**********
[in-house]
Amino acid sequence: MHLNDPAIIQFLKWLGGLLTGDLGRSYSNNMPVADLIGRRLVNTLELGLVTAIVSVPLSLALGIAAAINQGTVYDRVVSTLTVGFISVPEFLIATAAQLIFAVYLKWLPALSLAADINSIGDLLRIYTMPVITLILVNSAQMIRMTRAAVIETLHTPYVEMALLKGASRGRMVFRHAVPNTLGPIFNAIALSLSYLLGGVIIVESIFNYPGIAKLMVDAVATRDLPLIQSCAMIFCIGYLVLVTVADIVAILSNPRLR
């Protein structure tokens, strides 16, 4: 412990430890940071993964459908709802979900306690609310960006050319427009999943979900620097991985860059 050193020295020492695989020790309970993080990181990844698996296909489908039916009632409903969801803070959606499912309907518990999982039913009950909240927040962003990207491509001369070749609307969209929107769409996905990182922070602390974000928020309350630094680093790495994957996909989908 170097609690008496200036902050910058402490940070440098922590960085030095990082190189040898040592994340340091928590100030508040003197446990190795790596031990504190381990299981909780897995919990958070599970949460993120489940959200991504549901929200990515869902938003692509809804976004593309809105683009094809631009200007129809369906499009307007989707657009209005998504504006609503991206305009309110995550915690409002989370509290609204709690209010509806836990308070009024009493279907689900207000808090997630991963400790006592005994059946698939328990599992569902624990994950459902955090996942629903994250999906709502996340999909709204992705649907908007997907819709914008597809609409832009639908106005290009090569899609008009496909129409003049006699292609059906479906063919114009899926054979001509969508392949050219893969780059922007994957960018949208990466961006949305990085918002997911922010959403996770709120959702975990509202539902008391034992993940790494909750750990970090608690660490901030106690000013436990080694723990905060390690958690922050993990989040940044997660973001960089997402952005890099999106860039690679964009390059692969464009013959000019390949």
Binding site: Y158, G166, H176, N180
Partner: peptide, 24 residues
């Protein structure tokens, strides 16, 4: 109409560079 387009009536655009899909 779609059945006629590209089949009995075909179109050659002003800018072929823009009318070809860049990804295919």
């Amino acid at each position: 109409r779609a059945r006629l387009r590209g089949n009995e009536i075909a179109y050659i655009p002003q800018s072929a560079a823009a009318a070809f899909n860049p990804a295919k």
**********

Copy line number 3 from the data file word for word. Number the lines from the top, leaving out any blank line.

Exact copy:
């Protein structure tokens, strides 16, 4: 412990430890940071993964459908709802979900306690609310960006050319427009999943979900620097991985860059 050193020295020492695989020790309970993080990181990844698996296909489908039916009632409903969801803070959606499912309907518990999982039913009950909240927040962003990207491509001369070749609307969209929107769409996905990182922070602390974000928020309350630094680093790495994957996909989908 170097609690008496200036902050910058402490940070440098922590960085030095990082190189040898040592994340340091928590100030508040003197446990190795790596031990504190381990299981909780897995919990958070599970949460993120489940959200991504549901929200990515869902938003692509809804976004593309809105683009094809631009200007129809369906499009307007989707657009209005998504504006609503991206305009309110995550915690409002989370509290609204709690209010509806836990308070009024009493279907689900207000808090997630991963400790006592005994059946698939328990599992569902624990994950459902955090996942629903994250999906709502996340999909709204992705649907908007997907819709914008597809609409832009639908106005290009090569899609008009496909129409003049006699292609059906479906063919114009899926054979001509969508392949050219893969780059922007994957960018949208990466961006949305990085918002997911922010959403996770709120959702975990509202539902008391034992993940790494909750750990970090608690660490901030106690000013436990080694723990905060390690958690922050993990989040940044997660973001960089997402952005890099999106860039690679964009390059692969464009013959000019390949």